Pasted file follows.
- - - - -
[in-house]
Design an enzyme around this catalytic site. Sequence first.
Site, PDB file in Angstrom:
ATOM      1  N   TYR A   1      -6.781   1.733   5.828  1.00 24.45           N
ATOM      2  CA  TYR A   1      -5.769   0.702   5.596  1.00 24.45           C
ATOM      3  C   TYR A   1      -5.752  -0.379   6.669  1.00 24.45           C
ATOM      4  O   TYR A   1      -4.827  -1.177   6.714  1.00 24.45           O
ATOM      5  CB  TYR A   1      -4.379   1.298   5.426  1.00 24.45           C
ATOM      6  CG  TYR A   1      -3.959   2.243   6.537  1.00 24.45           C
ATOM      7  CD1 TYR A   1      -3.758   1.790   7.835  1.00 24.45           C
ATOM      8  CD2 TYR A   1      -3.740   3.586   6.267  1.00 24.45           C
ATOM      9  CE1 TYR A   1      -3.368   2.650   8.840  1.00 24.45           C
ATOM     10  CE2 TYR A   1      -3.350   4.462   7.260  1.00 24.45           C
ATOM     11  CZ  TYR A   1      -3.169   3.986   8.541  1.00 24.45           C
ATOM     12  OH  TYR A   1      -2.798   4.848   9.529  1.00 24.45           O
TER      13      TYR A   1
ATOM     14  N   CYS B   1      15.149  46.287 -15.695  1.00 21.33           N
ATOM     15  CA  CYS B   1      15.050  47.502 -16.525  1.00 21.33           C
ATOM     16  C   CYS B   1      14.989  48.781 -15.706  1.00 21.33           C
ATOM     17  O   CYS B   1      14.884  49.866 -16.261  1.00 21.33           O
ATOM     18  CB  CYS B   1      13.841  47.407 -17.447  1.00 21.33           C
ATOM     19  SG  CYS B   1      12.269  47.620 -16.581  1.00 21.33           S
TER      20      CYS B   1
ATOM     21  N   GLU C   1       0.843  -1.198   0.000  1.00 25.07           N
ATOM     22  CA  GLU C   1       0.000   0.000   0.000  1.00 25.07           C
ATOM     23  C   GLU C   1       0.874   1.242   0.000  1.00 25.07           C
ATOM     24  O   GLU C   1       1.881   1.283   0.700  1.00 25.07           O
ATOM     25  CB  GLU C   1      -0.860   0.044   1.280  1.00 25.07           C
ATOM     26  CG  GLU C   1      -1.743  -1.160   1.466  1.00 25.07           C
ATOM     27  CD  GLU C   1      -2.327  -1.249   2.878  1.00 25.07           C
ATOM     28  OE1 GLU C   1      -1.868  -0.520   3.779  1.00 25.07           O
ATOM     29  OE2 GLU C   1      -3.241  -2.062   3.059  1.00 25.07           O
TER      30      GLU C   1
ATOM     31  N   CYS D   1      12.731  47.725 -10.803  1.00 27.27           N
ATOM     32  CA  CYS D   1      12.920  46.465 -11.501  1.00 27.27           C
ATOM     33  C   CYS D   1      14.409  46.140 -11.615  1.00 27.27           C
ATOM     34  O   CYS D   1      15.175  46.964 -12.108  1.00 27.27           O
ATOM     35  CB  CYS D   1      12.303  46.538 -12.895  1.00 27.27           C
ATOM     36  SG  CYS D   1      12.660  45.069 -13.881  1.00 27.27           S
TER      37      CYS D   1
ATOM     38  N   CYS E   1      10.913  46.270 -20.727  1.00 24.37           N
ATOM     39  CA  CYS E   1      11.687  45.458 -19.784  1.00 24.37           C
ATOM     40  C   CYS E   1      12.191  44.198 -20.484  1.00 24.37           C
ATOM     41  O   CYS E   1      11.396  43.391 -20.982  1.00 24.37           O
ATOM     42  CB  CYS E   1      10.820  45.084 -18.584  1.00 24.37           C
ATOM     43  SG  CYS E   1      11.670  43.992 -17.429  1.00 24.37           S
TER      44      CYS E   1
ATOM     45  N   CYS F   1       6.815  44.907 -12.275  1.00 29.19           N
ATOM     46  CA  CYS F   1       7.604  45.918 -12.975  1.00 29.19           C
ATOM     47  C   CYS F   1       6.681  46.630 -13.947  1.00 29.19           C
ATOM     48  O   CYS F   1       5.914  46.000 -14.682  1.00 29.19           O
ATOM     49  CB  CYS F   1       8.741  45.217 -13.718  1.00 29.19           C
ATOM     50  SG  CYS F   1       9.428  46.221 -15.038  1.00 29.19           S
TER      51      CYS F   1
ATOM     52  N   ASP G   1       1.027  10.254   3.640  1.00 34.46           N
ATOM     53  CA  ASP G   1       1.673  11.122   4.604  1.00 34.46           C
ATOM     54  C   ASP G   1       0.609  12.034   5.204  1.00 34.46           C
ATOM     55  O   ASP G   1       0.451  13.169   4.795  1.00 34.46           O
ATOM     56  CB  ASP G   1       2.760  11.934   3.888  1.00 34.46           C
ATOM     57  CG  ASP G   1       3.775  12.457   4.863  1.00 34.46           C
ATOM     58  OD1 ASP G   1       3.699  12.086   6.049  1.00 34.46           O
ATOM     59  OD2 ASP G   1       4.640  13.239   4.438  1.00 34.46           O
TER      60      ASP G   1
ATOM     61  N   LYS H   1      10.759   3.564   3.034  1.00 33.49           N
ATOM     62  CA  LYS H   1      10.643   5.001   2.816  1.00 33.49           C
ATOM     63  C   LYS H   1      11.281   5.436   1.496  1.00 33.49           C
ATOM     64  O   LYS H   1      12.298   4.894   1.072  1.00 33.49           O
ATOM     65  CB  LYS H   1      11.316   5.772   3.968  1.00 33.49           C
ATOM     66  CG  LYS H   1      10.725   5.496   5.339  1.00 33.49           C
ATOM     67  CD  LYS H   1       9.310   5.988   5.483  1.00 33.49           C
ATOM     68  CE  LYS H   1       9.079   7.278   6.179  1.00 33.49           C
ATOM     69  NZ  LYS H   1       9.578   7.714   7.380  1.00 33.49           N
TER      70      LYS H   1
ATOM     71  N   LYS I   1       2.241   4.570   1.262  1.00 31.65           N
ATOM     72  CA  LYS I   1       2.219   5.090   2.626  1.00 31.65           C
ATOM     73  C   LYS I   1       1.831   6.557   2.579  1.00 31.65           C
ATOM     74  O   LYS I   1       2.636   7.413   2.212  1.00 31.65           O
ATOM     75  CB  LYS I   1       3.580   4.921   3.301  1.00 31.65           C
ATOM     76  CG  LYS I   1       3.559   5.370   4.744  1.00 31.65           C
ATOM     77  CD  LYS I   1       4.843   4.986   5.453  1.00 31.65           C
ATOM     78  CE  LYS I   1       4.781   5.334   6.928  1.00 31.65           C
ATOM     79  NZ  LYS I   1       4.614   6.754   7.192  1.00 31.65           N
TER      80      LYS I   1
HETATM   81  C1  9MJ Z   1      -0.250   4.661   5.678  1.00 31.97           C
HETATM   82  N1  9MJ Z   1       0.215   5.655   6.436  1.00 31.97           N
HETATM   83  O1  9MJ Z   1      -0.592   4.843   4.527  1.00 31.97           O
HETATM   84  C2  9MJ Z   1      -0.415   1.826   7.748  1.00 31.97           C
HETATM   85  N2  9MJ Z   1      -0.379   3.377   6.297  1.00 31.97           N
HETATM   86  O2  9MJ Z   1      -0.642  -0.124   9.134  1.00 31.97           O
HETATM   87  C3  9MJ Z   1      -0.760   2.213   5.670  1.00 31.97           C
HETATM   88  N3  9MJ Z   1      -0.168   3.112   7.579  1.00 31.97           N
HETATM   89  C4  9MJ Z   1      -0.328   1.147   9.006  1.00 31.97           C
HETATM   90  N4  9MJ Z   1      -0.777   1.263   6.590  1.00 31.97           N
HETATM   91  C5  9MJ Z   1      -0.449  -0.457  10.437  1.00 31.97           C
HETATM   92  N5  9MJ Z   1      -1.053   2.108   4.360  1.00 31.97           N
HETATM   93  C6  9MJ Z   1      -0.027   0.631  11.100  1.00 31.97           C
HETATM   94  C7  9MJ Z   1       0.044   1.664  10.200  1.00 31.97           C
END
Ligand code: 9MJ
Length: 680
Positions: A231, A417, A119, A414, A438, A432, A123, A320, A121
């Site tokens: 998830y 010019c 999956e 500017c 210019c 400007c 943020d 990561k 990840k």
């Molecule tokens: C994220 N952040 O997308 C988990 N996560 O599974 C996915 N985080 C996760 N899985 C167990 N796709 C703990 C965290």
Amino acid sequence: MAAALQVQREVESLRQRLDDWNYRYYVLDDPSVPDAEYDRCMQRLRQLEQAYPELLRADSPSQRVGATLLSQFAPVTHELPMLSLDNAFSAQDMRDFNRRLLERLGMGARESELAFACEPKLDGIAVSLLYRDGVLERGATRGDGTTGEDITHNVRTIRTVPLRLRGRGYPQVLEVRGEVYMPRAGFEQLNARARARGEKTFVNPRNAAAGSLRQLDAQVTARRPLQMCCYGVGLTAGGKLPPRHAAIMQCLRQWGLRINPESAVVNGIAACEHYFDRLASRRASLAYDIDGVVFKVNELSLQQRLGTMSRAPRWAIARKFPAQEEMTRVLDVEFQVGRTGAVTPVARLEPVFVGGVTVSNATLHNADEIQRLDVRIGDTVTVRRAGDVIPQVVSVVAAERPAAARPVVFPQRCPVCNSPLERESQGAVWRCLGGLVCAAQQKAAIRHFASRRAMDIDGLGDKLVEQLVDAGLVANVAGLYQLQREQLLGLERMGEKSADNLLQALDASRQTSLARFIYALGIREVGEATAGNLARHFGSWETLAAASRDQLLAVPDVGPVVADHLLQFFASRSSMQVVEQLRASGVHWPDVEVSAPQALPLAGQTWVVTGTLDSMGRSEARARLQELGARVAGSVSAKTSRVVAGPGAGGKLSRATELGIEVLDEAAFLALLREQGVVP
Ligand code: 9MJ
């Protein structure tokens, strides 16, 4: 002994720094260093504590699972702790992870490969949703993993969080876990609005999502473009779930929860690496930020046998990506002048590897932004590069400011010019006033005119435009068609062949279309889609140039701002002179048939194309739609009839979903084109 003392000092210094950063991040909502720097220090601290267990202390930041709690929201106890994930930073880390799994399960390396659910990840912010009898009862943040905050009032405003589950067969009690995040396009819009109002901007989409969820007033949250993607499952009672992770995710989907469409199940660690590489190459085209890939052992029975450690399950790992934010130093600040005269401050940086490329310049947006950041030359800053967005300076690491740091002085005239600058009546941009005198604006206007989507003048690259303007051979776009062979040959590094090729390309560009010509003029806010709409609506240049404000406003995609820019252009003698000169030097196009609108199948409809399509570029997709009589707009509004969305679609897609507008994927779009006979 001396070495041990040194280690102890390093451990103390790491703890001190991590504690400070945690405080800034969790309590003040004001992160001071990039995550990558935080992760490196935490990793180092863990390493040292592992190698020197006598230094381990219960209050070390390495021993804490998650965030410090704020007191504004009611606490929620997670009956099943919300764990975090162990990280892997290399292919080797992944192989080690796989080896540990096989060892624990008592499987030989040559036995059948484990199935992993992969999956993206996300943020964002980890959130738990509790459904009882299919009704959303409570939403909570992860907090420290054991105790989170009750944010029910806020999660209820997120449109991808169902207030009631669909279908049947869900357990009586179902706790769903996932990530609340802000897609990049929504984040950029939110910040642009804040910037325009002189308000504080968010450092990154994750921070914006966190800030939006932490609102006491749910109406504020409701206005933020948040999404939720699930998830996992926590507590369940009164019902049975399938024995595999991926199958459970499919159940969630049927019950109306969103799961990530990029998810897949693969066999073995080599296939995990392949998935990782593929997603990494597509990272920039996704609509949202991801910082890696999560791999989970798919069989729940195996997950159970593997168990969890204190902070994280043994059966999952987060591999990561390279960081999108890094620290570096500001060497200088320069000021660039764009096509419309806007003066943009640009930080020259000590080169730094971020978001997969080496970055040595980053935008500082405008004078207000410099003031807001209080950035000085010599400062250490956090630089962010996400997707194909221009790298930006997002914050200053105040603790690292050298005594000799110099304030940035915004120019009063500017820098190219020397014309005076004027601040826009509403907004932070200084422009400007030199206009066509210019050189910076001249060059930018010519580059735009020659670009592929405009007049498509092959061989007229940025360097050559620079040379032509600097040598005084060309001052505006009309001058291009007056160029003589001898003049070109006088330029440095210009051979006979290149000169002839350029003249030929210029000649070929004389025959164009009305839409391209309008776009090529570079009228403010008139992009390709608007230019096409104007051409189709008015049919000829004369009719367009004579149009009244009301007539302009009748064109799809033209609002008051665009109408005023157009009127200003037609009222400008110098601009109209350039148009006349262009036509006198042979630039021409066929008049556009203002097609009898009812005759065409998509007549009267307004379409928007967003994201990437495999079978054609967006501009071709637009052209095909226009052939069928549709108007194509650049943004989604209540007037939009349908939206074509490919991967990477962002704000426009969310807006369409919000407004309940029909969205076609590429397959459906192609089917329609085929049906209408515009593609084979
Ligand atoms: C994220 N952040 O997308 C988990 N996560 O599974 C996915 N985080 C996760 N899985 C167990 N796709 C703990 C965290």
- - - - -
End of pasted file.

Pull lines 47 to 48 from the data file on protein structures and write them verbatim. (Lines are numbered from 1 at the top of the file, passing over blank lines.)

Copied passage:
TER      44      CYS E   1
ATOM     45  N   CYS F   1       6.815  44.907 -12.275  1.00 29.19           N